Lara was fitted with her first cochlear implant in her right ear at five years of age. For Aimee, this was a game changer. “Another mother of a child with cochlear implants said to me, ‘just wait until you see the difference,’ and she wasn’t wrong. Almost immediately, we saw a massive jump in her speech.”
Samantha explains that while it can take time to have full access to sound with cochlear implants, in Lara’s case it took just two weeks. “Once she had access to sound, her speech began developing rapidly – it’s clear that her hearing was improving.
With her hearing aids, she could hear around 30% of single words. With her first implant, this jumped to 80% quickly, and today, with her bilateral implants, she’s reached 100% in sentences.”
When Lara began primary school, RIDBC continued to support the family, working with Aimee to ensure Lara could make the most of her hearing.
For some a unilateral cochlear implant is best, but that is not the case for all recipients. After the success of the first implant it was determined that a second implant could help Lara have even better access to sound.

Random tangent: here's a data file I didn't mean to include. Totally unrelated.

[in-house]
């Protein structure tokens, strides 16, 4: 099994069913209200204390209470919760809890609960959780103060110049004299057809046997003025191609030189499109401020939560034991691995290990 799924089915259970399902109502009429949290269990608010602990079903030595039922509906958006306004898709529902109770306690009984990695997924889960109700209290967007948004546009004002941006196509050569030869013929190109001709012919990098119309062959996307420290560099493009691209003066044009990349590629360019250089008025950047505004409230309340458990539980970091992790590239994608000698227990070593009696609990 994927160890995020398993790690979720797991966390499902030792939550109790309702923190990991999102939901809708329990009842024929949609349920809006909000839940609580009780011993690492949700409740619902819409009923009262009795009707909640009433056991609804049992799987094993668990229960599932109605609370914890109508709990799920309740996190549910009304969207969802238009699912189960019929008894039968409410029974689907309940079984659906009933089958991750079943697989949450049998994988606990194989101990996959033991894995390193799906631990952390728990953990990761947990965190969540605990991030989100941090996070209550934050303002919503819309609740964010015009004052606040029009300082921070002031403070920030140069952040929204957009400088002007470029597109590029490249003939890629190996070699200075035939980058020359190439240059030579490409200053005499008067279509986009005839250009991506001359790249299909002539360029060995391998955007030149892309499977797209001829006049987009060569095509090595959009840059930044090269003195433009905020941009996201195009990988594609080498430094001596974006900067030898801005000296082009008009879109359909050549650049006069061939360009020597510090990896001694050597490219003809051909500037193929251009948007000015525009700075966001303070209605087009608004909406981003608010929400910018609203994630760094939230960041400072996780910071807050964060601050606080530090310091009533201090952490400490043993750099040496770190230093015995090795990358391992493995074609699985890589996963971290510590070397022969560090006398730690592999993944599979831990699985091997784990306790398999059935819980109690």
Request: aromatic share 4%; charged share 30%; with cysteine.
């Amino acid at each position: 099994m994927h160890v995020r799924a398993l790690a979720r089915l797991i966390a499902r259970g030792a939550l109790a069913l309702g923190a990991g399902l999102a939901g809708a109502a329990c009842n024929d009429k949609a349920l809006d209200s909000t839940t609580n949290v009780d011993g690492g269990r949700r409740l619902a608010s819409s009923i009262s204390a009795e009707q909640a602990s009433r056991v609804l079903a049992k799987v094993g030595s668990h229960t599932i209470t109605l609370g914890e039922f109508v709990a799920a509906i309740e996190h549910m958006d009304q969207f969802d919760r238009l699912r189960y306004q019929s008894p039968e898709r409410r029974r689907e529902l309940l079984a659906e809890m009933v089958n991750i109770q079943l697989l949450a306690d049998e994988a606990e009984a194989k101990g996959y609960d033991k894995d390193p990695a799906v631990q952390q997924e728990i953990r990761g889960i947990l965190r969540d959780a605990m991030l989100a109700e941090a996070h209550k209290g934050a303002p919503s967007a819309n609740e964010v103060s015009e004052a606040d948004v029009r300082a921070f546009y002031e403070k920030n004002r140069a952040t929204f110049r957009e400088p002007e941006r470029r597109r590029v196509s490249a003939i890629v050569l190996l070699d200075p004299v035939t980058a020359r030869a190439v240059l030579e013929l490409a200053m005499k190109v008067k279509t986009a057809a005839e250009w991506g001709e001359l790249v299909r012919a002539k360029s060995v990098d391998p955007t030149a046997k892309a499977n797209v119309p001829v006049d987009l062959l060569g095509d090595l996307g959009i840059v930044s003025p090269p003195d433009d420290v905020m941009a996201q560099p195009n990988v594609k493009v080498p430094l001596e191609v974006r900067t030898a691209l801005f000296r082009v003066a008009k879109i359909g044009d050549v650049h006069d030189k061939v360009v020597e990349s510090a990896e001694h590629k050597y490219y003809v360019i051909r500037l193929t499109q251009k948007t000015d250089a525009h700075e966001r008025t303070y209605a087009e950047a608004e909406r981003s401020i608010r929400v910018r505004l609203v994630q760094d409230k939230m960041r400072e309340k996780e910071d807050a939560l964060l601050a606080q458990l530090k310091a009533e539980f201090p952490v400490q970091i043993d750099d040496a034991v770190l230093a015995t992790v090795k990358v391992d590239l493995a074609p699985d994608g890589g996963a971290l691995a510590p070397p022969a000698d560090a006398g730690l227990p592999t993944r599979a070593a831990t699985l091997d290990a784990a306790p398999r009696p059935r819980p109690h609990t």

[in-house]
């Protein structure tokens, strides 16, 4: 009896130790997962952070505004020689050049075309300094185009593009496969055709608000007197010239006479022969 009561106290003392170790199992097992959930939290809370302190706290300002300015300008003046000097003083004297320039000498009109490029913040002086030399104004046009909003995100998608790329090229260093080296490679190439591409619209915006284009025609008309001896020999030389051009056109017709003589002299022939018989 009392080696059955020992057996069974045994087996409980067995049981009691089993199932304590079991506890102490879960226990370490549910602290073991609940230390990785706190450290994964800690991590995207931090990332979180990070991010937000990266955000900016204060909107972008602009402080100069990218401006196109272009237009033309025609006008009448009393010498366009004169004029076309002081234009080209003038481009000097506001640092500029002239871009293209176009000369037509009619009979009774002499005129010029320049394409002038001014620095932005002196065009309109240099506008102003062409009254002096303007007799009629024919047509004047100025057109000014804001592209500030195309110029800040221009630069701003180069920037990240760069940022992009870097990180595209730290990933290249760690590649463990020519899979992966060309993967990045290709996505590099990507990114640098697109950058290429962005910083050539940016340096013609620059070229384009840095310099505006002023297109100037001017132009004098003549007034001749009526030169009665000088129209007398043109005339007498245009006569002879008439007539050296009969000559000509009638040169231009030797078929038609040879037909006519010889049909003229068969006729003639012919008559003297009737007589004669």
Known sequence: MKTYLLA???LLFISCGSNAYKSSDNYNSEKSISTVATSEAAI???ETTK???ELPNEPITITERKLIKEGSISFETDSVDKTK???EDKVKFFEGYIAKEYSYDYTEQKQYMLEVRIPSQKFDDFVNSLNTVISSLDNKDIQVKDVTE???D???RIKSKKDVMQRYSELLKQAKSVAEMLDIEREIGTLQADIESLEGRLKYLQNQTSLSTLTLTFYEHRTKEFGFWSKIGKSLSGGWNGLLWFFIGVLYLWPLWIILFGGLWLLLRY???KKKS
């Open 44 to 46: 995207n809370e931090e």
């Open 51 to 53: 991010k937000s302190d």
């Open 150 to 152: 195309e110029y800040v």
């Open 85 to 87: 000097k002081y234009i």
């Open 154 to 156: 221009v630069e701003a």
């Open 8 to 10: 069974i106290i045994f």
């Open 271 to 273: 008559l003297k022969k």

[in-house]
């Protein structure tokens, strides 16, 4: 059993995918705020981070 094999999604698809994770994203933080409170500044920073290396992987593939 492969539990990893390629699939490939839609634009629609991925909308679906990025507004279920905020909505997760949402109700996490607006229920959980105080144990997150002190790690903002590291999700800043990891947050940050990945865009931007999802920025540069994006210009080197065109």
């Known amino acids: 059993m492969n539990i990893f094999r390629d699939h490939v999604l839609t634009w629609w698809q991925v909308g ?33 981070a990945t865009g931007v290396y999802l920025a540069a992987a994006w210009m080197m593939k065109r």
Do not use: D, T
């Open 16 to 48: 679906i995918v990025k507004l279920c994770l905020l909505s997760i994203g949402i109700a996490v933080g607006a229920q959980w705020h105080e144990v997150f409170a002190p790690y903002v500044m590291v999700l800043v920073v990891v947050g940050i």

Bilateral implants allow the brain to work in its natural state, hearing through both ears and can make it much easier to pick up speech and determine where sound is coming from.
“I was really keen to get her the second implant,” says Aimee. “I knew it would make hearing so much easier for her, and it really did.”
Lara can now not only hear her teammates and officials on the field, but also build stronger connections and socialise with her teammates off it. According to Samantha, increased confidence is a common outcome for recipients. “Access to sound through cochlear implants can help people to build confidence in themselves, at home, in the classroom and in social settings.”